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The AAPG/Datapages Combined Publications Database

GCAGS Transactions


Gulf Coast Association of Geological Societies Transactions
Vol. 21 (1971), Pages 462-464

Abstract: Type Locality Descriptions San Vicente Member of Boquillas Formation (Upper Cretaceous)

Ross A Maxwell (1), Edward Marks (2)


LOCATION: Planetable section, 2.4 road mi south of intersection of Panther Junction to Rio Grande Village Park Road 1 and San Vicente Village to Rio Grande Village River Road, and 0.25 mi south of U.S. Geol. Surv. benchmark elevation 1881 ft, starting at the River Road, extending 2240 ft due east, and about 2 mi northeast of the old village of San Vicenti, Big Bend National Park, Brewster Co., Texas.

NAMED BY: R. A. Maxwell, J. T. Lonsdale, R. T. Hazzard, and J. A. Wilson, 1967, Geology of Big Bend National Park, Brewster Co., Texas: Univ. Texas Bull. n. 6711, p. 64-71.

AGE: Upper Cretaceous, Coniacian-Santonian.

CORRELATED WITH: Lower Austin Group: Atco, Vinson, Jonah units (Durham, 1956).

ORIGINAL DESCRIPTION: (Maxwell, et al., p. 66-68) The Member is mostly 350 to 400 ft thick in Big Bend National Park but locally thins to 130 ft. It is gray, thin-to medium-bedded, chalky and argillaceous limestone flags interbedded with gray or yellowish-gray platy marl, or soft gray marl. Some limestone layers are as much as 12 to 18 in thick, but most beds are only 2 to 6 in thick. The more calcareous rocks weather grayish white, whereas the more marly beds weather bluish gray or yellowish gray. The San Vicente Member contains more and thicker marl intervals and more chalk than the Ernst Member. The basal 20 ft of the San Vicente is commonly silty or sandy flagstone and locally the basal 6 in is finely conglomeratic. According to Adkins, the zone of Peroniceras sp. is the lowest Austin faunal zone ... The amount of flagstone decreases upward, and the top of the member is alternating soft gray marl and chalk. The chalk forms ledges resistant to erosion that frequently stand in low cuestas. A chalky ledge (usually a low cuesta) 15 to 20 ft below the top of the San Vicente contains abundant Inoceramus undulatoplicatus ... Above the Inoceramus undulatoplicatus beds as much as 22 ft of gray marl, slightly indurated, with some flagstone, contain numerous large Inoceramus sp. In most localities the San Vicente grades upward into the Pen Formation, but in places the contact is abrupt ... At the type locality of the San Vicente Member is the ... measured section ... It is 331 ft thick. The basal 6 in is conglomerate that rests upon the Coilopoceras beds of the Ernst Member ... above the conglomerate are about 20 ft of gray, buff, and pinkish siltstone, sandstone, argillaceous limestone, and some bentonitic clay with lignitic concretions. These are overlain by chalk beds 12 to 18 in thick, chalky and argillaceous marl, and soft gray marl. The Peroniceras beds are not recognized here.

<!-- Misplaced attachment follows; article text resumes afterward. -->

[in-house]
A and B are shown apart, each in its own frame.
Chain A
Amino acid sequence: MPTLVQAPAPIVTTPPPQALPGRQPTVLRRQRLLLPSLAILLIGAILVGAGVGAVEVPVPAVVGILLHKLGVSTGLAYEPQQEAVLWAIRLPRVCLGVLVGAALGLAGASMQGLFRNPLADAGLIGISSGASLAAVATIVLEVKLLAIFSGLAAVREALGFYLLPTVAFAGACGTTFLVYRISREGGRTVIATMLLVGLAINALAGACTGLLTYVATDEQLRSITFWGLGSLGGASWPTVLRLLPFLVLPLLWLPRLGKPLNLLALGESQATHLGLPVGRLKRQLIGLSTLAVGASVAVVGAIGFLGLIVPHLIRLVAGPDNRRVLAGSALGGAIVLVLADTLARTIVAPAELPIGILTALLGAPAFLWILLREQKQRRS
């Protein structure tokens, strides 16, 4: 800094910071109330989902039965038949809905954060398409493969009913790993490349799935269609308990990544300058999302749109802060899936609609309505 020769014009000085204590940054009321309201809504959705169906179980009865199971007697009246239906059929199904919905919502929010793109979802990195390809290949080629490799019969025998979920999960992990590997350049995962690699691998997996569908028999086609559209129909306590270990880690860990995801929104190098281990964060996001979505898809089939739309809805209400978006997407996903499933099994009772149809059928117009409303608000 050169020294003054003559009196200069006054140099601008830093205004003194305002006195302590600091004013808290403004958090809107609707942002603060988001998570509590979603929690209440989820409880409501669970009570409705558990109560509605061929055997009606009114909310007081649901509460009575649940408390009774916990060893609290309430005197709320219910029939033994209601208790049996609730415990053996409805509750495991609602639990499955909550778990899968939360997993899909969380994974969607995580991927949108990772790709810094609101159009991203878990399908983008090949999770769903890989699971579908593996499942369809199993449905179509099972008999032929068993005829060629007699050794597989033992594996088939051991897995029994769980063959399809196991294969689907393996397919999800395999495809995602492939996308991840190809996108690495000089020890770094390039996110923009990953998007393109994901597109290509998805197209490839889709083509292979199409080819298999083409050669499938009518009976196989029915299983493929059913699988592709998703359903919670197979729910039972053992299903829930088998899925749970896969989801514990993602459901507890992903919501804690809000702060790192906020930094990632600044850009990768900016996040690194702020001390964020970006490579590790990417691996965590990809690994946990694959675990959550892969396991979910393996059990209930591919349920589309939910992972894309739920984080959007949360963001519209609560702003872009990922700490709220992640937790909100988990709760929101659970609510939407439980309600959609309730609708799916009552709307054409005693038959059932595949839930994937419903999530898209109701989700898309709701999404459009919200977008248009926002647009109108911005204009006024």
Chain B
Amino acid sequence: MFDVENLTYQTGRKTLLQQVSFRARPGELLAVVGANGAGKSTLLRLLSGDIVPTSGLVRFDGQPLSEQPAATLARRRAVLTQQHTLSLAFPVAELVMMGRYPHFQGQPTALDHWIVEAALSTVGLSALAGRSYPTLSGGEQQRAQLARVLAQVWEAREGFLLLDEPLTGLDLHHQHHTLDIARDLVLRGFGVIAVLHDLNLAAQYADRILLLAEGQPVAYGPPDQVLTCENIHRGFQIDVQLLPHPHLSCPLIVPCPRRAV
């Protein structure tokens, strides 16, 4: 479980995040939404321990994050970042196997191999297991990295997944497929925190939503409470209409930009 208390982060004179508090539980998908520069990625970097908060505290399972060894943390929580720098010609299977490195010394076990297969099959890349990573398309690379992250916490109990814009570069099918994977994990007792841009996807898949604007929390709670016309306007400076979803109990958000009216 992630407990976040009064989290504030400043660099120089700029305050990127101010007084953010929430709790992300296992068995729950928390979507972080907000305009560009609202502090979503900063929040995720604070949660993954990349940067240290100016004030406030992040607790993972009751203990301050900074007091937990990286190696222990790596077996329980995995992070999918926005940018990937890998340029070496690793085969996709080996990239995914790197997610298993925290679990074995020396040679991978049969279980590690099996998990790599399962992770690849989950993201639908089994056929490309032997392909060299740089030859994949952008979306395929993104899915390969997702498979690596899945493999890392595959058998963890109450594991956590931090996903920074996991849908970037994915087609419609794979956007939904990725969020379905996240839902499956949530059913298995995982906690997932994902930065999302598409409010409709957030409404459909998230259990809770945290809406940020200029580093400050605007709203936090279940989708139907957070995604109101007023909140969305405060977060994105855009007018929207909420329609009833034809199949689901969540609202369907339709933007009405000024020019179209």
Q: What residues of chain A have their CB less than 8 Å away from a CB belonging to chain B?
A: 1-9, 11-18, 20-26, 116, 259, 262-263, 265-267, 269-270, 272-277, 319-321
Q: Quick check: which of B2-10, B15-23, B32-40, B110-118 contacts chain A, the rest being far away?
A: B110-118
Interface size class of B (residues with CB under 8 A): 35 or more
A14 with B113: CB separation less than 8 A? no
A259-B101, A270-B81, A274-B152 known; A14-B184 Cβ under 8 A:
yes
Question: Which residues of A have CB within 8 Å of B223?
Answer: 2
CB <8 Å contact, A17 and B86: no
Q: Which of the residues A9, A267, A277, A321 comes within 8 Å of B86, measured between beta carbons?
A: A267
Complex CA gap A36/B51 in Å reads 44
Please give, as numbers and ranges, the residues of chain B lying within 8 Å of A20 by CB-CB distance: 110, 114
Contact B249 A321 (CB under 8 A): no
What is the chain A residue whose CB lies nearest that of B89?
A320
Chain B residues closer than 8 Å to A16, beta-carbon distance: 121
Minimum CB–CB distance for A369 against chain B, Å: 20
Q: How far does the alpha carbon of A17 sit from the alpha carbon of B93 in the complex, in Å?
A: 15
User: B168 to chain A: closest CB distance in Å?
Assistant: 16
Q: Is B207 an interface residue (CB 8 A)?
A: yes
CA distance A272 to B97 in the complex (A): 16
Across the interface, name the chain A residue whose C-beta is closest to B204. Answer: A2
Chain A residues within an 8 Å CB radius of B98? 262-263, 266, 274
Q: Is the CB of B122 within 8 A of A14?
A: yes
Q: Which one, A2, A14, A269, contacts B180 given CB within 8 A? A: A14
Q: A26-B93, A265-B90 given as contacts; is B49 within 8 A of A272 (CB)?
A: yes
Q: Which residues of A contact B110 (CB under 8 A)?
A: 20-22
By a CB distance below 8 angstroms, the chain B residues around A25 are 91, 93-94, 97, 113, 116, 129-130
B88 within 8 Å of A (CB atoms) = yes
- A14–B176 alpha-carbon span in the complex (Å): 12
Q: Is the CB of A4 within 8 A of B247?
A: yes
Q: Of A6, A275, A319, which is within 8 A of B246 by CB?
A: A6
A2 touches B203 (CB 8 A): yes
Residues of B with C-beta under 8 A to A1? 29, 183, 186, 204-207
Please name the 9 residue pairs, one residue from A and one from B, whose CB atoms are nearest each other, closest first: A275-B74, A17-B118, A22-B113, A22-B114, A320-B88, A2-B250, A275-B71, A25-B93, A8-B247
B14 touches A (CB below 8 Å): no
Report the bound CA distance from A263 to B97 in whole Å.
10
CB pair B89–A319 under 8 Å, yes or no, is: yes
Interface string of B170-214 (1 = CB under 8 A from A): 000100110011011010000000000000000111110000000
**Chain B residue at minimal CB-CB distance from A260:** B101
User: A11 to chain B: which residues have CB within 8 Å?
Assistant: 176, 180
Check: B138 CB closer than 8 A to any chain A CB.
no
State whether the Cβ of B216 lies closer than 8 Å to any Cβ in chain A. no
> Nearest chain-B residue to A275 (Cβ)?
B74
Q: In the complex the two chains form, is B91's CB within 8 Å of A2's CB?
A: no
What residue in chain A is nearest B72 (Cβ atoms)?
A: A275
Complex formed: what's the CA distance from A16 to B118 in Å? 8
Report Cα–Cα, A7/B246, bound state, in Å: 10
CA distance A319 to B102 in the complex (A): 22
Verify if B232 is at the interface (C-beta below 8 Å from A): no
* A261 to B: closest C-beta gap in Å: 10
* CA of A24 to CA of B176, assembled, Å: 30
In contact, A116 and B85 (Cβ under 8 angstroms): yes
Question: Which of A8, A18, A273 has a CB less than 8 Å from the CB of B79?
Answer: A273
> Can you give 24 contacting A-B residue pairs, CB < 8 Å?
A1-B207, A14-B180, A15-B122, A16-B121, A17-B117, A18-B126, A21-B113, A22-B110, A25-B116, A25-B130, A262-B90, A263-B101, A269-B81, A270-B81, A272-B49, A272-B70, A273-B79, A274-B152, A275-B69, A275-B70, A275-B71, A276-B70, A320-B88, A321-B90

The Inoceramus undulatoplicatus beds form a 13-foot ledge whose top is 22 ft below the top of the member. They are nodular, gray chalk interbedded with platy, gray marl. The overlying beds, up to the base of the Pen Formation, are mottled, gray and yellowish brown, finely crystalline limestone interbedded with gray marl which yielded several Inoceramus sp. that are partly covered with Ostrea congesta.

COLUMN: (Maxwell, et al, 1967, p. 68) See Fig. 1

Tabulated data; refer to PDF file.

End_Page 462------------------------

Tabulated data; refer to PDF file.


Durham, C. O., Jr., 1956, The Austin-Taylor relationship in Central Texas, in Resumenes de los trabajos presentados: XX Cong. Geol. Inter., Mexico City, abs., p. 330.


End_Page 463------------------------

FIGURE 2. Location maps, type locality, San Vicente Member, Boquillas Formation, Big Bend National Park, Brewster County, Texas.

End_of_Record - Last_Page 464-------


(1) Texas Bureau of Economic Geology, retired.

(2) Union Oil Company of California.

Austin, Texas 78703

Houston, Texas 77025

Authors are responsible only for supplying the information on type sections.

Copyright © 1999 by The Gulf Coast Association of Geological Societies